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swap meet booths what sells (or doesn't)

Discussion in 'The Hokey Ass Message Board' started by rustdodger, Apr 18, 2011.

  1. rustdodger
    Joined: Jan 17, 2009
    Posts: 275


    I took a few things to a small nearby swap meet last weekend.I did my best to price stuff right. I sold some, brought a bunch home along with some new found cash. What have you guys found sells well or isn't a good idea to take for your booth?
  2. falconsprint63
    Joined: May 17, 2007
    Posts: 2,348

    from Mayberry

    there's never any way to know for sure. it's always a craps shoot. I've seen stuff sell I wouldn't touch with a 10 foot pole an other times can't give away really good stuff. take what you've got, price it what you think's fair and be willing to deal if you really want to move stuff.
  3. Captain Chaos
    Joined: Oct 16, 2009
    Posts: 589

    Captain Chaos
    from Missery

    Take what you can fit in your truck or trailer.
    I kind of seperate mine in the space a little in the this is what I'm getting for it area and the if anyone makes an offer take it area , LOL . We been to swaps and sold lots of just junk , it added up more than the good stuff did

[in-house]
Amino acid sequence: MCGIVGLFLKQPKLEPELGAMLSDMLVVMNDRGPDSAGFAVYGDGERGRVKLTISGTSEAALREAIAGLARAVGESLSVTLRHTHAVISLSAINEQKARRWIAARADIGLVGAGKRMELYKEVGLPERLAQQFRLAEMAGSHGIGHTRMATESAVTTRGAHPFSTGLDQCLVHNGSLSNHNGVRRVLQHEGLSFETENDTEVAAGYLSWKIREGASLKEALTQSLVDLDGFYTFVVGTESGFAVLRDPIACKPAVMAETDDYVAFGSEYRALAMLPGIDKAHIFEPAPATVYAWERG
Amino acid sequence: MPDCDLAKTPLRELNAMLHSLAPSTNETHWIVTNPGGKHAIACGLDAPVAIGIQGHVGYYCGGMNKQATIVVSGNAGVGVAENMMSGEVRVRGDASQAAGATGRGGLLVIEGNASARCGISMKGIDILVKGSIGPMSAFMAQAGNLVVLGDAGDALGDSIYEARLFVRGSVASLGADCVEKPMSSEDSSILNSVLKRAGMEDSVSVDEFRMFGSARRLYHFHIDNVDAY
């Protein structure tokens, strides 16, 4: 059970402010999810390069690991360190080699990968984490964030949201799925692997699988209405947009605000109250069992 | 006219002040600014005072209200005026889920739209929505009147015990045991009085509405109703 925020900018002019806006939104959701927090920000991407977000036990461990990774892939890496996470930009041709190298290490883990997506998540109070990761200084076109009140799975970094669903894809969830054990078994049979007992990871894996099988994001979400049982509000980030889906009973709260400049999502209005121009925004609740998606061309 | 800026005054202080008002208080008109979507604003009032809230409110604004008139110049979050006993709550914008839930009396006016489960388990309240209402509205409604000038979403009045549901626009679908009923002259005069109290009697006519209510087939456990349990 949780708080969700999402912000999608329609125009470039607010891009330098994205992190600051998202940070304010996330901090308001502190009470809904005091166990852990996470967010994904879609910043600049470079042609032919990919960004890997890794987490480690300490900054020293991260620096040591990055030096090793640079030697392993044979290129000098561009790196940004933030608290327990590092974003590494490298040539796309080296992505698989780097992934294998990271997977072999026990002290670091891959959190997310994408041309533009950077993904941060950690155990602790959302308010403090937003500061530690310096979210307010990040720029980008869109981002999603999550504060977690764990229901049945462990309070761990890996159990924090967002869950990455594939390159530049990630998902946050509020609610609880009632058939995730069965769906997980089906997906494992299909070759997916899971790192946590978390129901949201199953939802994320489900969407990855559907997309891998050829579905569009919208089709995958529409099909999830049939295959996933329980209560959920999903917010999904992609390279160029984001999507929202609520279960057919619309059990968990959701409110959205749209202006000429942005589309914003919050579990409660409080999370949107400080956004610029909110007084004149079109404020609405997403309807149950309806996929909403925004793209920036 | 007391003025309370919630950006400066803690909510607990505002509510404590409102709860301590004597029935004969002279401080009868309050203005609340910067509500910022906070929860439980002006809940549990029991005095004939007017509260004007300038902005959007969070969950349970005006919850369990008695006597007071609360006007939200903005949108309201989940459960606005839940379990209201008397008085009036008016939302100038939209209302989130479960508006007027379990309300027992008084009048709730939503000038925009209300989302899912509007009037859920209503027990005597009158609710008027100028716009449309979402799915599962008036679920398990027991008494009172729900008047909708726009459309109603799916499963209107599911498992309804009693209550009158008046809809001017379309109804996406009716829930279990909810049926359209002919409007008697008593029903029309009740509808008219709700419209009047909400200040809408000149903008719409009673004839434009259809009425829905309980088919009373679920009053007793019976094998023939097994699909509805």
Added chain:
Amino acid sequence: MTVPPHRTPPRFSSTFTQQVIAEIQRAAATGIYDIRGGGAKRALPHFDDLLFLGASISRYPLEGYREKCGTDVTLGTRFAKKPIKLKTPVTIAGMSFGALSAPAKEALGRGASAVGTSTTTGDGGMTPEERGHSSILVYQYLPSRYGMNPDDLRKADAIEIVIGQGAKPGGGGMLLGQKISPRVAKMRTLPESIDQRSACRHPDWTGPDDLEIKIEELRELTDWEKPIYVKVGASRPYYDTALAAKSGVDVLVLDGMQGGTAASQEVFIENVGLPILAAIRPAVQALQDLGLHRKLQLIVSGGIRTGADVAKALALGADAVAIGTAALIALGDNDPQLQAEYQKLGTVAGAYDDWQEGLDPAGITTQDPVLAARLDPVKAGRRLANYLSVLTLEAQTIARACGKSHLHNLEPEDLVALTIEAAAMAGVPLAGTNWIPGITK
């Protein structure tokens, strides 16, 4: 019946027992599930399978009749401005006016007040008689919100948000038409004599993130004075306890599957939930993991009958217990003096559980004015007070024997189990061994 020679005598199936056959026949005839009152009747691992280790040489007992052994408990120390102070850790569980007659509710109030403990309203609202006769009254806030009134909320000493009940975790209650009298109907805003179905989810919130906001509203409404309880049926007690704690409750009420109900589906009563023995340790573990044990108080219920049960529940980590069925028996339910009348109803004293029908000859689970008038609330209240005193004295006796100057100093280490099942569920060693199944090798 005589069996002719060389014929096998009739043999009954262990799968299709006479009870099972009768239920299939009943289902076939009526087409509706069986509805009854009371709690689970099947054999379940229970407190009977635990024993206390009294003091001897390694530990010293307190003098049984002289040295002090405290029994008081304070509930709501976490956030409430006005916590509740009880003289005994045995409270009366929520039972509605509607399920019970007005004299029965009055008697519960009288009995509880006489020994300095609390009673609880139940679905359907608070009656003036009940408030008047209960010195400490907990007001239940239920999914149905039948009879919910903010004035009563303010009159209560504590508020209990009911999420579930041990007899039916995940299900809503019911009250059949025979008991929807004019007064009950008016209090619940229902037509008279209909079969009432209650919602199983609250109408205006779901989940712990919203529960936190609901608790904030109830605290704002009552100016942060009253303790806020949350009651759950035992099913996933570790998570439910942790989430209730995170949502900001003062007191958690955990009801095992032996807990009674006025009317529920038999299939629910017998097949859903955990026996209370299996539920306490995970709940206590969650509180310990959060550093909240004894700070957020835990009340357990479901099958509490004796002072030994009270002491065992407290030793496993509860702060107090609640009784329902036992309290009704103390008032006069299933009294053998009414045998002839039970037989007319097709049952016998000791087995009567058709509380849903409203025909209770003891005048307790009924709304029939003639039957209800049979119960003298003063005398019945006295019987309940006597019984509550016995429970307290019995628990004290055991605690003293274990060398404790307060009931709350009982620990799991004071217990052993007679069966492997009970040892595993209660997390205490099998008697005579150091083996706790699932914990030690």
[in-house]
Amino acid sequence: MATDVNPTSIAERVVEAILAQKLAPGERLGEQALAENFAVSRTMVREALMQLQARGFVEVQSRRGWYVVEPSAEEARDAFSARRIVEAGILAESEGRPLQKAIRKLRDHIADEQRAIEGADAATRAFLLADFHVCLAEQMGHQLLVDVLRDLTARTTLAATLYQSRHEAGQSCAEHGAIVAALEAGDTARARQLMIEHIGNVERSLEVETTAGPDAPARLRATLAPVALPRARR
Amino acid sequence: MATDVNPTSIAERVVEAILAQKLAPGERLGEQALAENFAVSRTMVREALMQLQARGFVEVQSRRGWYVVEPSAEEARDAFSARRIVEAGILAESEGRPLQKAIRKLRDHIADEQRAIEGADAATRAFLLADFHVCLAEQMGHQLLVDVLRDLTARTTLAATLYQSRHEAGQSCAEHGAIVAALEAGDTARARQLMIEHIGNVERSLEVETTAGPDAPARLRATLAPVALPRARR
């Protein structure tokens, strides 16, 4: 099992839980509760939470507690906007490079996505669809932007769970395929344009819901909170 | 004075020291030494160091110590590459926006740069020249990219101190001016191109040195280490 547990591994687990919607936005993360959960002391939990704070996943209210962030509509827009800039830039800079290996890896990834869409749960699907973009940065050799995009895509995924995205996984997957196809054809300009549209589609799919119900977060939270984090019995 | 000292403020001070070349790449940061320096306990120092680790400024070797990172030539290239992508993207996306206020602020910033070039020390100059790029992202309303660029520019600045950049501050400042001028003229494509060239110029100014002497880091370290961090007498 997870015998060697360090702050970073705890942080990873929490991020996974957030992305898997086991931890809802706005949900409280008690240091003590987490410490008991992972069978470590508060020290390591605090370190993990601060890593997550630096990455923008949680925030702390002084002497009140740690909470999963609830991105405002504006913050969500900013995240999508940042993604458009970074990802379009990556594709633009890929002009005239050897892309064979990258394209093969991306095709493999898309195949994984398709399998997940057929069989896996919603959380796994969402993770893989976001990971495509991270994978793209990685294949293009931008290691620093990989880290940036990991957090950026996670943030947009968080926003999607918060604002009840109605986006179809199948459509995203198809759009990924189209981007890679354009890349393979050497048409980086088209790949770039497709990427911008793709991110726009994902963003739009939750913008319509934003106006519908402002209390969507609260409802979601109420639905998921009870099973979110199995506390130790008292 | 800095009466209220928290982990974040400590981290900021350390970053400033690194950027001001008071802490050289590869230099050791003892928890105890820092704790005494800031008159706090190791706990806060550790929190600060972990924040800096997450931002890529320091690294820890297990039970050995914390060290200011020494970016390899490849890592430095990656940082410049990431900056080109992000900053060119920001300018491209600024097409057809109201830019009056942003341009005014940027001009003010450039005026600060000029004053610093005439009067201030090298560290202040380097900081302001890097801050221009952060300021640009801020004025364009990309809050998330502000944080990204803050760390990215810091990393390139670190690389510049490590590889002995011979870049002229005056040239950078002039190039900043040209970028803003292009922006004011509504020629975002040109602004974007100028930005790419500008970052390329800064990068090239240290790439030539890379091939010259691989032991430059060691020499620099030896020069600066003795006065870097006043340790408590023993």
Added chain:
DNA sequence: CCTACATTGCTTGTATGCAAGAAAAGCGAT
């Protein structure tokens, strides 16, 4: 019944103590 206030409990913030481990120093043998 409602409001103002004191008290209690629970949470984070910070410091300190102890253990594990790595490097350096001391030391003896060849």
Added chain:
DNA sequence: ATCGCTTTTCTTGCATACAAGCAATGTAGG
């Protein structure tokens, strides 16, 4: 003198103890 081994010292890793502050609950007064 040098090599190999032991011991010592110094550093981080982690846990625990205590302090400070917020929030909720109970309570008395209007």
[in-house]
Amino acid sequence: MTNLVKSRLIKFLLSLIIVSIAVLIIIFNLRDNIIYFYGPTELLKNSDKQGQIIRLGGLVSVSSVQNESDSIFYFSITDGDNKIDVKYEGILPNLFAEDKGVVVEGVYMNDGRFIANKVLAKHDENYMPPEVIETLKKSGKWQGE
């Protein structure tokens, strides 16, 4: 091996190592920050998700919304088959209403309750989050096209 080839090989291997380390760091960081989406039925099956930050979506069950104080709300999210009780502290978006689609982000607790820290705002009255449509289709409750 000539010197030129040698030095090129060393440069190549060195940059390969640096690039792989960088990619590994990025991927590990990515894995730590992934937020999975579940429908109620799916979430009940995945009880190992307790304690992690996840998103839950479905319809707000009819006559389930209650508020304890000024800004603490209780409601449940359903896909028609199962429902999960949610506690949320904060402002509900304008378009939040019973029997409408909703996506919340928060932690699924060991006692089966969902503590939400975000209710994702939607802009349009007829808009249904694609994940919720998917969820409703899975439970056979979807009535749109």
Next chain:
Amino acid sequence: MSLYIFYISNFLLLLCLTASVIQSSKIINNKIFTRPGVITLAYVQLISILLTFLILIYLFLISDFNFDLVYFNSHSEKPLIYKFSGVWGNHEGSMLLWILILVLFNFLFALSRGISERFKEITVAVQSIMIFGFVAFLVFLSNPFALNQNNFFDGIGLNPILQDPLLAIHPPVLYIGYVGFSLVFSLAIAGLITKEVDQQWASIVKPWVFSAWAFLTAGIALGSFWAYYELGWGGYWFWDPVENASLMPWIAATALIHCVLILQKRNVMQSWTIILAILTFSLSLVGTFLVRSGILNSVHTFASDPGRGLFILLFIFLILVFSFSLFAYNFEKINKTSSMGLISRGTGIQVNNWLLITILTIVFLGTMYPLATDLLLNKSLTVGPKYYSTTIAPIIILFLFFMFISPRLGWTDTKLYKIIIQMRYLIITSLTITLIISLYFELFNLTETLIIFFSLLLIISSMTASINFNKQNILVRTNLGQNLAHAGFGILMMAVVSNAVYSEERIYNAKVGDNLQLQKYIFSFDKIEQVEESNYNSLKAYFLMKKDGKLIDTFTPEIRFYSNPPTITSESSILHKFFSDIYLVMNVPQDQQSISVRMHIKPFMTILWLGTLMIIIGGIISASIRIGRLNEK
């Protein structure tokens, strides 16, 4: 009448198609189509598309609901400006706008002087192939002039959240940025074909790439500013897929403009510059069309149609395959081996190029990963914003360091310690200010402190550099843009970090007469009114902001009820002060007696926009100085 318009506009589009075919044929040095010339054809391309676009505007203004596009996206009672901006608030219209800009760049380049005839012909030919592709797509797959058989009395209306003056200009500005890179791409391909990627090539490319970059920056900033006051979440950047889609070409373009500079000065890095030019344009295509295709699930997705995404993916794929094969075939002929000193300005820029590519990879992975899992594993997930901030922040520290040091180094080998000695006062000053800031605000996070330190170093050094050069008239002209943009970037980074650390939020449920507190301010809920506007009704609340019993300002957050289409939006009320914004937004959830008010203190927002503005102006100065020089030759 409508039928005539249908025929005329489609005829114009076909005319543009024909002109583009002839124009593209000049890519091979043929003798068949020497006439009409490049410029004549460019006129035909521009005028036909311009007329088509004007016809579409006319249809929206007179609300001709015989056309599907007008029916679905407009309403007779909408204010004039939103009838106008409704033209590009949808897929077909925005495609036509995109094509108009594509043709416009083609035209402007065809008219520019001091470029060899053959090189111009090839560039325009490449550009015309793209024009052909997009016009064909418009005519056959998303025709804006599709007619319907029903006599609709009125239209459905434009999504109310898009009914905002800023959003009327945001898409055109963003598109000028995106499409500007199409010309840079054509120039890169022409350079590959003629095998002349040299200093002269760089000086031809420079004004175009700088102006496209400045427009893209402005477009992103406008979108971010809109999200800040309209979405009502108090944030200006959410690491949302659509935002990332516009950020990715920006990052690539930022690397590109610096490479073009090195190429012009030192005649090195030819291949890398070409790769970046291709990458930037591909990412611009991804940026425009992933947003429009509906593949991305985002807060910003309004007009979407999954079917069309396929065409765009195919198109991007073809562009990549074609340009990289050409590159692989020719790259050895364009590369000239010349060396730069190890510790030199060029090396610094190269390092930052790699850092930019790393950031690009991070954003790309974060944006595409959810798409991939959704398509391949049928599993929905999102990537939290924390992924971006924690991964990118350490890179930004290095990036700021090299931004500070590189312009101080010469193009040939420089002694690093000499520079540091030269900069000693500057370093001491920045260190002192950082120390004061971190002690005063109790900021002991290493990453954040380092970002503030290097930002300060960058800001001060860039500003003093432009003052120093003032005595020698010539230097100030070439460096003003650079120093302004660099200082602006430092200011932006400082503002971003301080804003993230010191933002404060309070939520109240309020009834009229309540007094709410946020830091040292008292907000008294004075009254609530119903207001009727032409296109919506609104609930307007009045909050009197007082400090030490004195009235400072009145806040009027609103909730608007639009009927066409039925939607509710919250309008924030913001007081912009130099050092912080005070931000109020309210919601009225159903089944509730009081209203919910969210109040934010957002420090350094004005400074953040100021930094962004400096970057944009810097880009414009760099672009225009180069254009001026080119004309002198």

4. Hotrodbuilderny
    Joined: Mar 20, 2009
    Posts: 1,646


    The way swap meets have been lately, if you bring anything car related you should have a leg up on the competition
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  5. know your stuff...mostly what is being repoped....older stuff is worth the cleaning and is solid stuff - but if someone knows they can get a shiney new one...than it's a hard sell...rule of thumb....if you've dragged it to two or more meets - maybe drop the price a little....once again...a little return is always better than tripping over it....until you get mad and throw it away....just sayin'....
  6. Small items are easy to handle. Do not be afraid to get them wet in case of a down pour.
    Keep trying to change items see what moves and what does not. Try meets that have been around a while. Good luck
  7. rancid737
    Joined: Feb 22, 2011
    Posts: 219


    my brother picked up an accordian for 30 bucks, so who knows?
  8. voodoo1
    Joined: Jun 27, 2007
    Posts: 452


    toasters, coffee makers, mircrowave ovens.... good kitchen supplies.......